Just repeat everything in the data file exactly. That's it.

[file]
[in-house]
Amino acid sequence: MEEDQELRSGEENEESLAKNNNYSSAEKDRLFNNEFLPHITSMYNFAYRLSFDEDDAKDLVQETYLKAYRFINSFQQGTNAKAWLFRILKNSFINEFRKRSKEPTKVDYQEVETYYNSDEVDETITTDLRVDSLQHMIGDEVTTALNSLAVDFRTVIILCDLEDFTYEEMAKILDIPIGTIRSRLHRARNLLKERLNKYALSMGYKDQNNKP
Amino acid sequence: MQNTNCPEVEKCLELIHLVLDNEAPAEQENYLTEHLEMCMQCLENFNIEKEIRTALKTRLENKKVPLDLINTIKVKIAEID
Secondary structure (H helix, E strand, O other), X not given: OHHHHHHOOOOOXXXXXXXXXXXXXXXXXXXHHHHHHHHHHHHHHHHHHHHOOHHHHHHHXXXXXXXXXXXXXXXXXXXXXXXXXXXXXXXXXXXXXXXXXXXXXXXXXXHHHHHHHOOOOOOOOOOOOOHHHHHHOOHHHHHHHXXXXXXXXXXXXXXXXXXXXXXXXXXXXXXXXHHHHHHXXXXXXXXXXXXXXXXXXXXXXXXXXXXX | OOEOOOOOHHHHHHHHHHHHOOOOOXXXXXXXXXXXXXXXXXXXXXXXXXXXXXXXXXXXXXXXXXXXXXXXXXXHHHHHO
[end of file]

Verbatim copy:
[in-house]
Amino acid sequence: MEEDQELRSGEENEESLAKNNNYSSAEKDRLFNNEFLPHITSMYNFAYRLSFDEDDAKDLVQETYLKAYRFINSFQQGTNAKAWLFRILKNSFINEFRKRSKEPTKVDYQEVETYYNSDEVDETITTDLRVDSLQHMIGDEVTTALNSLAVDFRTVIILCDLEDFTYEEMAKILDIPIGTIRSRLHRARNLLKERLNKYALSMGYKDQNNKP
Amino acid sequence: MQNTNCPEVEKCLELIHLVLDNEAPAEQENYLTEHLEMCMQCLENFNIEKEIRTALKTRLENKKVPLDLINTIKVKIAEID
Secondary structure (H helix, E strand, O other), X not given: OHHHHHHOOOOOXXXXXXXXXXXXXXXXXXXHHHHHHHHHHHHHHHHHHHHOOHHHHHHHXXXXXXXXXXXXXXXXXXXXXXXXXXXXXXXXXXXXXXXXXXXXXXXXXXHHHHHHHOOOOOOOOOOOOOHHHHHHOOHHHHHHHXXXXXXXXXXXXXXXXXXXXXXXXXXXXXXXXHHHHHHXXXXXXXXXXXXXXXXXXXXXXXXXXXXX | OOEOOOOOHHHHHHHHHHHHOOOOOXXXXXXXXXXXXXXXXXXXXXXXXXXXXXXXXXXXXXXXXXXXXXXXXXXHHHHHO